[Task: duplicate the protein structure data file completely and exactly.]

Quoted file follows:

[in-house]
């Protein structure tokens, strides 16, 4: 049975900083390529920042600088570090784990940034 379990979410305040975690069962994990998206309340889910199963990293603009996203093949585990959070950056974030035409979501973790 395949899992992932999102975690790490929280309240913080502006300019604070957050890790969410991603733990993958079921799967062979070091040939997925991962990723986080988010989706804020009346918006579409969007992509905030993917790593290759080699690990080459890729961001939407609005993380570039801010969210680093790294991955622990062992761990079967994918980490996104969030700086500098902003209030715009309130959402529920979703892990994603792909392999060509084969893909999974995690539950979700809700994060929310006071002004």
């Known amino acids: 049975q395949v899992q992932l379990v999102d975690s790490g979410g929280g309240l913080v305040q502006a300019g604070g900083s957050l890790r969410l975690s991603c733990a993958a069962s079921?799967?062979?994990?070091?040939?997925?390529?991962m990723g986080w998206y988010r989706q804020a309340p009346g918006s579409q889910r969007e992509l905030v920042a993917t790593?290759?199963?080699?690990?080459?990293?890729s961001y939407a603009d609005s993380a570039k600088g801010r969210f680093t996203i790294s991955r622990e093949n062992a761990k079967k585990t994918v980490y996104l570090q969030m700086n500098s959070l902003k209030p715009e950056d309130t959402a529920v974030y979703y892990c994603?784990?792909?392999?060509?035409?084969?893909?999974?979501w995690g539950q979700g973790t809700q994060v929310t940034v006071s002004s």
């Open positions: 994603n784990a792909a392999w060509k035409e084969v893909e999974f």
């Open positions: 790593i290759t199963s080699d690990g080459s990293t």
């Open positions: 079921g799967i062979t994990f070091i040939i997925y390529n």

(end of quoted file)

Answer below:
[in-house]
């Protein structure tokens, strides 16, 4: 049975900083390529920042600088570090784990940034 379990979410305040975690069962994990998206309340889910199963990293603009996203093949585990959070950056974030035409979501973790 395949899992992932999102975690790490929280309240913080502006300019604070957050890790969410991603733990993958079921799967062979070091040939997925991962990723986080988010989706804020009346918006579409969007992509905030993917790593290759080699690990080459890729961001939407609005993380570039801010969210680093790294991955622990062992761990079967994918980490996104969030700086500098902003209030715009309130959402529920979703892990994603792909392999060509084969893909999974995690539950979700809700994060929310006071002004």
């Known amino acids: 049975q395949v899992q992932l379990v999102d975690s790490g979410g929280g309240l913080v305040q502006a300019g604070g900083s957050l890790r969410l975690s991603c733990a993958a069962s079921?799967?062979?994990?070091?040939?997925?390529?991962m990723g986080w998206y988010r989706q804020a309340p009346g918006s579409q889910r969007e992509l905030v920042a993917t790593?290759?199963?080699?690990?080459?990293?890729s961001y939407a603009d609005s993380a570039k600088g801010r969210f680093t996203i790294s991955r622990e093949n062992a761990k079967k585990t994918v980490y996104l570090q969030m700086n500098s959070l902003k209030p715009e950056d309130t959402a529920v974030y979703y892990c994603?784990?792909?392999?060509?035409?084969?893909?999974?979501w995690g539950q979700g973790t809700q994060v929310t940034v006071s002004s």
């Open positions: 994603n784990a792909a392999w060509k035409e084969v893909e999974f």
């Open positions: 790593i290759t199963s080699d690990g080459s990293t």
């Open positions: 079921g799967i062979t994990f070091i040939i997925y390529n």